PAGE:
The front pack was already away. I was determined to stay with my game plan of focussing on a PB.
About 1km in we had a decent incline of a 1/2km to tackle and I was able to go passed a group of maybe 5 who had gone off too hard and couldn’t maintain pace. One lad had peeled off the front and I focussed on his heels as we went right handed onto a trail type path with a fair amount of standing water and mud. Initially it was downhill and I was able to get onto the lads shoulder. I could tell he was making efforts to not let me by and I noticed he was breathing heavily. I was able to go by. At this stage I was probably 10th with another lad a little further ahead and then a large gap to the top 8.
This path was now proving difficult to maintain a rhythm. It was very much off-road mud and puddles and I was struggling to maintain sub 6 minute miling. This wasn’t the plan.
We then went left handed onto a rocky uphill section and back onto the pavement. I was able to close the gap on 8th and pass by on the way down to a roundabout. I didn’t get round the island very well and then came onto a slight incline into the breeze. I was to be alone for the rest of the race – detached from 8th place by 50-100m.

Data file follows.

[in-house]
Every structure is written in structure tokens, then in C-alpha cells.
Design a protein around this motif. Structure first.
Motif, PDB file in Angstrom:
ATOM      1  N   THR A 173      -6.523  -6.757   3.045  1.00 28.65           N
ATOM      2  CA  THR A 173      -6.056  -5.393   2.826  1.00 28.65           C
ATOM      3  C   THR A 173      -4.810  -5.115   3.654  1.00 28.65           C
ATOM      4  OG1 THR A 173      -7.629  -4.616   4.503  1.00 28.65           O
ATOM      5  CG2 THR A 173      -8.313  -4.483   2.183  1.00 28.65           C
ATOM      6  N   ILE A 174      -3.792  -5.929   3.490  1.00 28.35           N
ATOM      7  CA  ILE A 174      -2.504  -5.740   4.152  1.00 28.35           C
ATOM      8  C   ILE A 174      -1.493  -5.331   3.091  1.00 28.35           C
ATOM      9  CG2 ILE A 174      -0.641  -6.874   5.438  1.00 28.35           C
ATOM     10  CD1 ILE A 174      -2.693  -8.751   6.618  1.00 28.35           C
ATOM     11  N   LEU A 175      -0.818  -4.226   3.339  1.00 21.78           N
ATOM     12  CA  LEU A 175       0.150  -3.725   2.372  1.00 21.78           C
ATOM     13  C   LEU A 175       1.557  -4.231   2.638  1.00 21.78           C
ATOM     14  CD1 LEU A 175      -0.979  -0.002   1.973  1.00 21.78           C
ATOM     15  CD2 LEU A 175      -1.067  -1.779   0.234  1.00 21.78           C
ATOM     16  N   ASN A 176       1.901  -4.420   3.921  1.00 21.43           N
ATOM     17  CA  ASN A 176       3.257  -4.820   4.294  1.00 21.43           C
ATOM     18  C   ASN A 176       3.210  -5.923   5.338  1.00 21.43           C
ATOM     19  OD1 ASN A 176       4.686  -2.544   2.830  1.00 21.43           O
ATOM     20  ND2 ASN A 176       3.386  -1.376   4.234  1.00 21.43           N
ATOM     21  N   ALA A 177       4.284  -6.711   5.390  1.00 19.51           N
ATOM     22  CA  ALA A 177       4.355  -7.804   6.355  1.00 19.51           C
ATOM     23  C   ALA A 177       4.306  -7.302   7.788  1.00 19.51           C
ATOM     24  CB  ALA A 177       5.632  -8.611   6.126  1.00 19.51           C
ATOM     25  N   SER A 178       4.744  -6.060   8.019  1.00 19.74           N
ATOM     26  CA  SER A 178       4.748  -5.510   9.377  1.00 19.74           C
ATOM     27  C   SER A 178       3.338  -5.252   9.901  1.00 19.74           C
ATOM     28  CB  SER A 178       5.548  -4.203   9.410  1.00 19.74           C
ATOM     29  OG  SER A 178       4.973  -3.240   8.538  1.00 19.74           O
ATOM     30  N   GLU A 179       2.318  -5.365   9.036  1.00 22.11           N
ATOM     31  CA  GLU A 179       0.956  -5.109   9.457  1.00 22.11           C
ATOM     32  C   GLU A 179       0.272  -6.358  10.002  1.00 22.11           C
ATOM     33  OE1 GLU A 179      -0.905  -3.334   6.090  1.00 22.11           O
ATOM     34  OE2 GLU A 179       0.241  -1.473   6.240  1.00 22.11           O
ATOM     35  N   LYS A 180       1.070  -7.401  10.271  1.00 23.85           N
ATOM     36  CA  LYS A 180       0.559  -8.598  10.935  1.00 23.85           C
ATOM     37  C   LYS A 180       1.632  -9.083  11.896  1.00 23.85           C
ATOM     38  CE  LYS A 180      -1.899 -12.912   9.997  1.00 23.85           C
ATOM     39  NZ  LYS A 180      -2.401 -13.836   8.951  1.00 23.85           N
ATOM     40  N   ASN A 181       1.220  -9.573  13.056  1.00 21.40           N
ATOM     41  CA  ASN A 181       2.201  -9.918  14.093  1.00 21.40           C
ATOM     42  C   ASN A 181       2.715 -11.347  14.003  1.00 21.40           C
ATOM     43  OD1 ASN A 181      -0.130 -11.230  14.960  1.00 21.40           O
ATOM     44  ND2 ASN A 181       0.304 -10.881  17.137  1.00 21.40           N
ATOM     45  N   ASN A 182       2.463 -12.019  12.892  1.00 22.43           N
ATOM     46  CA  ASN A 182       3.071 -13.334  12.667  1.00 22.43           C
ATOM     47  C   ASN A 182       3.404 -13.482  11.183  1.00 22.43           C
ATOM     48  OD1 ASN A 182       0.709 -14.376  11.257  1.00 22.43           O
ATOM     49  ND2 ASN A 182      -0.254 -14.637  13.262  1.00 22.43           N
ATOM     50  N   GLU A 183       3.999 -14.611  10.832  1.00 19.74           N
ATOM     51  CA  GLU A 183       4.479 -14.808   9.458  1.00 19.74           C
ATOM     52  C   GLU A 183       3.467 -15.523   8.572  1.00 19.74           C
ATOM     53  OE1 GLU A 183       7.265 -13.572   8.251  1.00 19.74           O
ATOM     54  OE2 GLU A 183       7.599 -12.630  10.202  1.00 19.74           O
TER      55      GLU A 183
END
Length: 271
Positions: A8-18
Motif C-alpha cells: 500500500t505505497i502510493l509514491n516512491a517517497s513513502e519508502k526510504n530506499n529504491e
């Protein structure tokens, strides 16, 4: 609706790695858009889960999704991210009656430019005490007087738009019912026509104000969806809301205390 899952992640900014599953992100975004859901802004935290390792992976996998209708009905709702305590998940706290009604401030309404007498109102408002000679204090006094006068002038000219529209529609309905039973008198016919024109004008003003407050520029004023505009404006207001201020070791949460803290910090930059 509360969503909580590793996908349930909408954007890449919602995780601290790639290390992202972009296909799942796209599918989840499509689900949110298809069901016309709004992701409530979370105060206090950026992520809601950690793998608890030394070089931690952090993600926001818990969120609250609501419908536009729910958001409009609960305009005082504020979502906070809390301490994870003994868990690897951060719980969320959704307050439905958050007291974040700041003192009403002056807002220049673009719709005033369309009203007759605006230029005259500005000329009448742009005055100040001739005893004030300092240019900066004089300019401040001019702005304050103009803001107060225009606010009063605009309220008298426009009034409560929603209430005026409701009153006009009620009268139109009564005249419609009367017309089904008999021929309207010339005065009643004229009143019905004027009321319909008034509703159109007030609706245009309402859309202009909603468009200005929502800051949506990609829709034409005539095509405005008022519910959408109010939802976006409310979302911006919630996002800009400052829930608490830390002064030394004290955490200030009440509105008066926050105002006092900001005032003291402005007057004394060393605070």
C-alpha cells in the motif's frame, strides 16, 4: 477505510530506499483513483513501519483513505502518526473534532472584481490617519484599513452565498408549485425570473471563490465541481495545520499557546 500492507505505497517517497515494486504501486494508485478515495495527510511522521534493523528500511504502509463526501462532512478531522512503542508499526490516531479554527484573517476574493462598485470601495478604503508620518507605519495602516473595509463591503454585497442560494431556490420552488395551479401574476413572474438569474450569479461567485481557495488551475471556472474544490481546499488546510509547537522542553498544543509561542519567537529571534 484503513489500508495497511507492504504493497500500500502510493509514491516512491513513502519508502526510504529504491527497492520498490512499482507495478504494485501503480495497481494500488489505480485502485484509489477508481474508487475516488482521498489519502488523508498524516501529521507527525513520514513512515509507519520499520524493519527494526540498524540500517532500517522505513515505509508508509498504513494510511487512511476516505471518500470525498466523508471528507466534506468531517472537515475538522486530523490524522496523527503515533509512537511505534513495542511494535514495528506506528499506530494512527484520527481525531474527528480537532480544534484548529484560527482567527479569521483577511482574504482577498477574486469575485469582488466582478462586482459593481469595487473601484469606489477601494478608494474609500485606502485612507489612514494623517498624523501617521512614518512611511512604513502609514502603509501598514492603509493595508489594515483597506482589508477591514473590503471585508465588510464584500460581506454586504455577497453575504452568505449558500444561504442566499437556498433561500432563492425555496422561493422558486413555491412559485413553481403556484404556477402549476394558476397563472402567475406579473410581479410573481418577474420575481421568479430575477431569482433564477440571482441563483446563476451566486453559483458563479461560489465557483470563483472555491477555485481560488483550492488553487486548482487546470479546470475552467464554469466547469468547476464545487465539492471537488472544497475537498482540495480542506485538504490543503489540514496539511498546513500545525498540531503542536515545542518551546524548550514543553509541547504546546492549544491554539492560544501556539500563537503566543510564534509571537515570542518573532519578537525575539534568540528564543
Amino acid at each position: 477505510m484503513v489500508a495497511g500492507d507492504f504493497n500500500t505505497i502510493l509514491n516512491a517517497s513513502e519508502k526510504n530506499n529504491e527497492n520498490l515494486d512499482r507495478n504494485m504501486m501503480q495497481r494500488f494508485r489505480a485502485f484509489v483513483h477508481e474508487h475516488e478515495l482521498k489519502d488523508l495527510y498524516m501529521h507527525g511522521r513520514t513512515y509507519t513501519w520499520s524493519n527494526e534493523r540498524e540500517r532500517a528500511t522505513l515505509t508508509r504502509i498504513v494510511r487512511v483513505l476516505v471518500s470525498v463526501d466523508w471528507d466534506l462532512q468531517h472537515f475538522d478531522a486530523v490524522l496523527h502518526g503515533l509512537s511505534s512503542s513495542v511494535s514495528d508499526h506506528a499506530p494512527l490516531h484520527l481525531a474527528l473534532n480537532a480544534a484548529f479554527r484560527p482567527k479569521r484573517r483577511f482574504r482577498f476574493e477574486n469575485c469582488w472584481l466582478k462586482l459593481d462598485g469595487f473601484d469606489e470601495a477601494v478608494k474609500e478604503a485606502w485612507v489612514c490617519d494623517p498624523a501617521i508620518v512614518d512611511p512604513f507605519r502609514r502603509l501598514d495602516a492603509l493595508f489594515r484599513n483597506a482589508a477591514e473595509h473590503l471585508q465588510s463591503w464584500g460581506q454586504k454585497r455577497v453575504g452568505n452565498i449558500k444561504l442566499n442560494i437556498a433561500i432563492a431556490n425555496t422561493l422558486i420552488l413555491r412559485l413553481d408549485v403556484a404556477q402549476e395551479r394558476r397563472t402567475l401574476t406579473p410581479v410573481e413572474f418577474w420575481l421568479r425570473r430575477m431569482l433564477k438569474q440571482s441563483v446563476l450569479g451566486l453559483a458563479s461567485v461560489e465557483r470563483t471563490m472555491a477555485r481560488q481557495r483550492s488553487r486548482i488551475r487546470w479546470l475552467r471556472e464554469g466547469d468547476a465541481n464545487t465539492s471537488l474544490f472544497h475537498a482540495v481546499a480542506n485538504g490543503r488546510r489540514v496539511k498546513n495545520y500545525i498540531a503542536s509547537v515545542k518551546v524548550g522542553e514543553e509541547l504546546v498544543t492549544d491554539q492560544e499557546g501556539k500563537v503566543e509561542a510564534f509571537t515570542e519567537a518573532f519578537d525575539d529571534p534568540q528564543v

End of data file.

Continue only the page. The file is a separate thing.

Checking the watch through 5km it looked like 17:30 but I couldn’t believe it and I knew I was sitting on more like 5:44 pace. I was struggling to settle into 5:37 pace as the course became a long road section which was ideal but into a slight headwind.
Completely alone I tried to dig in. I started to realise what “the road to nowhere” meant…
A slight incline brought me to a complete u-turn and a run back all the way and this was where I had to capitalise on favourable wind and gradient.
I was finally able to get on target pace but it wasn’t enough to get me ahead of PB schedule. And another u-turn took us back up the same road into the headwind and slight incline again.